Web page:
Labour law issues are in the Concurrent List contained in the Seventh Schedule to the Constitution of India. This means that both Parliament and State Legislative Assemblies have the power to legislate with respect to labour issues. Consequently, the various State Legislatures have modified the Statues passed by the Parliament and these modifications to Central Legislation must be ascertained depending on the States in which a company has an office.
Every employer in India is required to furnish an employee with an employment contract referred to as the ‘appointment letter’, which sets out the terms and conditions of employment. As a good corporate practice, an employment manual should be adopted and incorporated by reference in the employment contract/letter of appointment signed and accepted by the employee, which should be handed over to the employee at the time of signature of the employment contract.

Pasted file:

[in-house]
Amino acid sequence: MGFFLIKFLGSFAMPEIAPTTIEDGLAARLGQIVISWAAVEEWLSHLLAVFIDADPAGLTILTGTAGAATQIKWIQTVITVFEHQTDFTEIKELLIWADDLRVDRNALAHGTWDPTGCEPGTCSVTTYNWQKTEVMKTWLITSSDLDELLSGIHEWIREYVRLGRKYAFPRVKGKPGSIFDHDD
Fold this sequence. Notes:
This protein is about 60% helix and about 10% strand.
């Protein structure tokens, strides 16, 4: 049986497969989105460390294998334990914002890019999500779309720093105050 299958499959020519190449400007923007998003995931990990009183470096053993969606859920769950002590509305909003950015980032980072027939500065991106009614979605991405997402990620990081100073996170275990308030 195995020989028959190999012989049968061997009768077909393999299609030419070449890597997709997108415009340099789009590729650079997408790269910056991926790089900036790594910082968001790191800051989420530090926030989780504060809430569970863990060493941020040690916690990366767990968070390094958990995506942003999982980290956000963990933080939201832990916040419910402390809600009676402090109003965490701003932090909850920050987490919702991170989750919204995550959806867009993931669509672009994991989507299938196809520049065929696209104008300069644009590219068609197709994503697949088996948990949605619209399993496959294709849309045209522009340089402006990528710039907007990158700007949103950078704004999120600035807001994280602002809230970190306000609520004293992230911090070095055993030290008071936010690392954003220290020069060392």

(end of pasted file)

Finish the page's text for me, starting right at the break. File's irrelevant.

Generally, employees learn information regarding the business of their employer during their course of employment, which an employer would like to conceal. In an outsourcing industry, employees are carrying on tasks, which are critical to functioning of the client’s business. In order to prevent an employee from working for a competitor or disclosing confidential information to the competitors, the standard price is to include restrictive stipulations in an employment contract.
Restrictive stipulations play a pivotal role in protecting a business from potential threats to its confidential information, customer base or workforce stability arising from the post-termination activities of former employees. The restrictive stipulation may apply either during the term of employment or thereafter.